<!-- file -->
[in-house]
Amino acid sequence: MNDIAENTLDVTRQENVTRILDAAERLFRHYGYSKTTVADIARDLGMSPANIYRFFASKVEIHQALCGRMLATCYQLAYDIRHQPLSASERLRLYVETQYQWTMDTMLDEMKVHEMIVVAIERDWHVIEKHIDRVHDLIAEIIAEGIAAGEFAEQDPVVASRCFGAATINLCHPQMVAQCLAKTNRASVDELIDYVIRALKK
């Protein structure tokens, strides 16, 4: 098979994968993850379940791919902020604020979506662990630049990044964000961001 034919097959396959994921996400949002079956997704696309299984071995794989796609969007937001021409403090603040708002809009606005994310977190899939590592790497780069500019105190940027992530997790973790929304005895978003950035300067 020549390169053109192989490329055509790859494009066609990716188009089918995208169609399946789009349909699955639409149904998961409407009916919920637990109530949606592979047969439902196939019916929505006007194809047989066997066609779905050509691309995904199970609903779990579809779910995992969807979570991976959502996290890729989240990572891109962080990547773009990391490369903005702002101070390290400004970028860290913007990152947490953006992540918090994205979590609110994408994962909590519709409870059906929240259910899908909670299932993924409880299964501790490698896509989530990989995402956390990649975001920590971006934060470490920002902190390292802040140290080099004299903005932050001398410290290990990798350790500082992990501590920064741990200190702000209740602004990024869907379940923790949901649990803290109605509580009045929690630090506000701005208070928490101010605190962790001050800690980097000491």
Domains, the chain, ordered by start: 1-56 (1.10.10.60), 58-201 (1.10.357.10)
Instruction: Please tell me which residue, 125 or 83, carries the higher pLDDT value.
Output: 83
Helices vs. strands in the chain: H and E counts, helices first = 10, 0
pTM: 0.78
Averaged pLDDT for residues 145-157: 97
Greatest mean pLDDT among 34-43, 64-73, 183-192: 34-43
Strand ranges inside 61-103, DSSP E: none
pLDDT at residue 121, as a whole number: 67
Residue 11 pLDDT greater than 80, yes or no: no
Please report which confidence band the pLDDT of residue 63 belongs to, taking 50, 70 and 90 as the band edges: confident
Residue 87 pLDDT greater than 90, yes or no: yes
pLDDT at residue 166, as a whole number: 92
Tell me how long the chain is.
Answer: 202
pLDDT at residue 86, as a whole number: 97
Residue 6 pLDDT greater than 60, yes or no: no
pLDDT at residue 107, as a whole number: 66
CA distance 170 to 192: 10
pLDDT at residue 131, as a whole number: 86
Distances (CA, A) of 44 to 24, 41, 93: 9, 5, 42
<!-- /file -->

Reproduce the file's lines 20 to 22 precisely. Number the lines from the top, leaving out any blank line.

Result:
Residue 6 pLDDT greater than 60, yes or no: no
pLDDT at residue 107, as a whole number: 66
CA distance 170 to 192: 10